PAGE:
The film remains the property of the distribution company and is returned to them after the theatrical run is finished. This is true of 35mm prints and DCP files/drives.

    Increasingly we see films being released more or less globally because there is no longer a limited number of expensive film prints to be shipped around the world (NZ was often a second-tier market, we’d get film prints after they had finished elsewhere).

    The arguments in favour, even if you accept the need to protect the cinema industry, are much weaker now than five years ago.

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  18. Albert_Ross (293 comments) says:

    Thank you for your trouble, DylanReeve

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  19. adze (2,126 comments) says:

    I have yet to see a compelling argument to support parallel imports that do not harm safety or breach regulations not relating to “the right” to import a particular product. Protecting Movie theatres? It’s a twilight industry at best. God knows they rort us at the snack counter.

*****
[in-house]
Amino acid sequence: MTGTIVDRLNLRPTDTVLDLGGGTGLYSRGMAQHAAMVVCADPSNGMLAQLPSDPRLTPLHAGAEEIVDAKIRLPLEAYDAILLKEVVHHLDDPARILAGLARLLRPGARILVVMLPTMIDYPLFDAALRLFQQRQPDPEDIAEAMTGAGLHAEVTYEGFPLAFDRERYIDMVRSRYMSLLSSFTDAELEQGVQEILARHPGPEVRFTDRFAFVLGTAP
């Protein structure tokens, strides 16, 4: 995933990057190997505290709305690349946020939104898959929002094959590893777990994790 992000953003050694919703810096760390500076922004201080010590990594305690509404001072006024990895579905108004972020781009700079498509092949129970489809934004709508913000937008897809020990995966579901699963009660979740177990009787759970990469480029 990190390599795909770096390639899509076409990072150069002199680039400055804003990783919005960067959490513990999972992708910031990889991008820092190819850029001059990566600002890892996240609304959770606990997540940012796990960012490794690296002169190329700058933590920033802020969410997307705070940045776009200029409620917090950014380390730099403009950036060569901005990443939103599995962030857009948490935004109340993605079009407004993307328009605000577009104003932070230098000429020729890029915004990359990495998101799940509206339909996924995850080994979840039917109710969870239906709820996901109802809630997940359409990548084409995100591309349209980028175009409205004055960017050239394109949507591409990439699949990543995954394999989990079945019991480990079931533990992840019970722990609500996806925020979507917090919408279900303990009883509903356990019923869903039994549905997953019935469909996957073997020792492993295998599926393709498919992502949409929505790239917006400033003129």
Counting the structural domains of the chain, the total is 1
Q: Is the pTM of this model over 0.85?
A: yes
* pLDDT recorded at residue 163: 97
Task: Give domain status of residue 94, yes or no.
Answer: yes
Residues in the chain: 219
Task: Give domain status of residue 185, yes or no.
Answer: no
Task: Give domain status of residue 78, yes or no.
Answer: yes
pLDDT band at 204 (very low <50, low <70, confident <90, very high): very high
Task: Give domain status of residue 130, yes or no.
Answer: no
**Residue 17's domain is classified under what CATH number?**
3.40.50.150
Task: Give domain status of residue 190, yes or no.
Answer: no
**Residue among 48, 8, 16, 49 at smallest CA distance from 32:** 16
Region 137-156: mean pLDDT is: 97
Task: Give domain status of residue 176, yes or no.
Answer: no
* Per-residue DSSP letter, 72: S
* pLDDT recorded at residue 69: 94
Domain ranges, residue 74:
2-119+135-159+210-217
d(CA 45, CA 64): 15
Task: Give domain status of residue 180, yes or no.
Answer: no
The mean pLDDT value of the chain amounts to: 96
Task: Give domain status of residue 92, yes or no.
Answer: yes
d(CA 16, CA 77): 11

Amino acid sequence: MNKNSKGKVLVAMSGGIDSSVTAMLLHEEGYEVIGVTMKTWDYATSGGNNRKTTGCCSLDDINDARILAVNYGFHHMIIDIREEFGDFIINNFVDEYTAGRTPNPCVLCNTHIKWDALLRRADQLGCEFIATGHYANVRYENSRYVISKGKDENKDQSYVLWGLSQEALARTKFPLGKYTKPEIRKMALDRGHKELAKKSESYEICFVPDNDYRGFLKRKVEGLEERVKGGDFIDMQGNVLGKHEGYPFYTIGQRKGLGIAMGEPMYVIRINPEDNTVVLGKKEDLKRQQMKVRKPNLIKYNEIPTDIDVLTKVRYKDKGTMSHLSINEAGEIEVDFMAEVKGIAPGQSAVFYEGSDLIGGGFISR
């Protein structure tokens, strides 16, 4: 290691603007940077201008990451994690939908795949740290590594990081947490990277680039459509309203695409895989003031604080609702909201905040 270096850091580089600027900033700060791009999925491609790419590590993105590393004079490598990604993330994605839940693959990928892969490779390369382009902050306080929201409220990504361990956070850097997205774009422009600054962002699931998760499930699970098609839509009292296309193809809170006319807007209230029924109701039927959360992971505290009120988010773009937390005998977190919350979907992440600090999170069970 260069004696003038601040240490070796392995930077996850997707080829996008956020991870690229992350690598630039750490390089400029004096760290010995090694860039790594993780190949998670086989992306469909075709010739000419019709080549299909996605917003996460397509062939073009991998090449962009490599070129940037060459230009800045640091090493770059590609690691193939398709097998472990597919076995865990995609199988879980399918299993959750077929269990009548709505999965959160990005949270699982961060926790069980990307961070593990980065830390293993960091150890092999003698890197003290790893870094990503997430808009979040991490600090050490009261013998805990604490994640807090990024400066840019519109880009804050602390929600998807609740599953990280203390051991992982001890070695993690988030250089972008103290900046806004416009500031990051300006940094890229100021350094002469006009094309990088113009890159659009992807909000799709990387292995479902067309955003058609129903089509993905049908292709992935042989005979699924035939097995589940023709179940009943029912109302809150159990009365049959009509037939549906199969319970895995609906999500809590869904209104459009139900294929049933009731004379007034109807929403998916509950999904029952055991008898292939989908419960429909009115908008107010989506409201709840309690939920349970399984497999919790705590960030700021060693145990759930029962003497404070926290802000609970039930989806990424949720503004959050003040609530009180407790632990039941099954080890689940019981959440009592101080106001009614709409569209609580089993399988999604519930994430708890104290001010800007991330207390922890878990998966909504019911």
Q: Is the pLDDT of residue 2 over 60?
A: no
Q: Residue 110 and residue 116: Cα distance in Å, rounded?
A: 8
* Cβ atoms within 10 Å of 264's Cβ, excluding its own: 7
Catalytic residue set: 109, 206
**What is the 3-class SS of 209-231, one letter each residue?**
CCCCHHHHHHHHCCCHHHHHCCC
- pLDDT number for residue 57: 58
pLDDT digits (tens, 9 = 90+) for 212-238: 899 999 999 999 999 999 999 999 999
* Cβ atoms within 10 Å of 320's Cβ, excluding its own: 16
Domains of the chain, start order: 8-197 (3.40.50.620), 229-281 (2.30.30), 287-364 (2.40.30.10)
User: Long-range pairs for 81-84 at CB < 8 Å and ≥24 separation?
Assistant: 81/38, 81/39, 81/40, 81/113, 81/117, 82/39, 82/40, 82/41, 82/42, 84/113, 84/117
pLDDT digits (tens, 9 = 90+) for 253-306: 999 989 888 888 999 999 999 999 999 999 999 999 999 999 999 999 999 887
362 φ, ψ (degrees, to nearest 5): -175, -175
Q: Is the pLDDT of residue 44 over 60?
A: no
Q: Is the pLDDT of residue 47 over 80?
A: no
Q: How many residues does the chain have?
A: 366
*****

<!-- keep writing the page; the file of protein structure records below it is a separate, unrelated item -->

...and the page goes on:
I think if companies can save money by employing cheap labour overseas, people should also be able to save money by purchasing from the cheapest supplier, wherever that is.

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  20. adze (2,126 comments) says:

    Should read “support restrictions on parallel imports…” above.

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  21. jpollock (5 comments) says:

    This law will stop bulk importation, but it won’t stop individuals from buying from Amazon/Book Depository/etc. It’s going to be a hard road for NZ retailers who are already behind on release dates and more expensive (even if GST and shipping are included).

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  22. leftyliberal (651 comments) says:

    It’s amusing that a bill labelled “Copyright amendment bill” is essentially promoting the piracy of the dvd/bluray products by restricting the sale of the products to those that wish to purchase.

    If it’s available for sale overseas (on many occasions before the oversease retail release) it is available for download anywhere in the world in full bluray quality.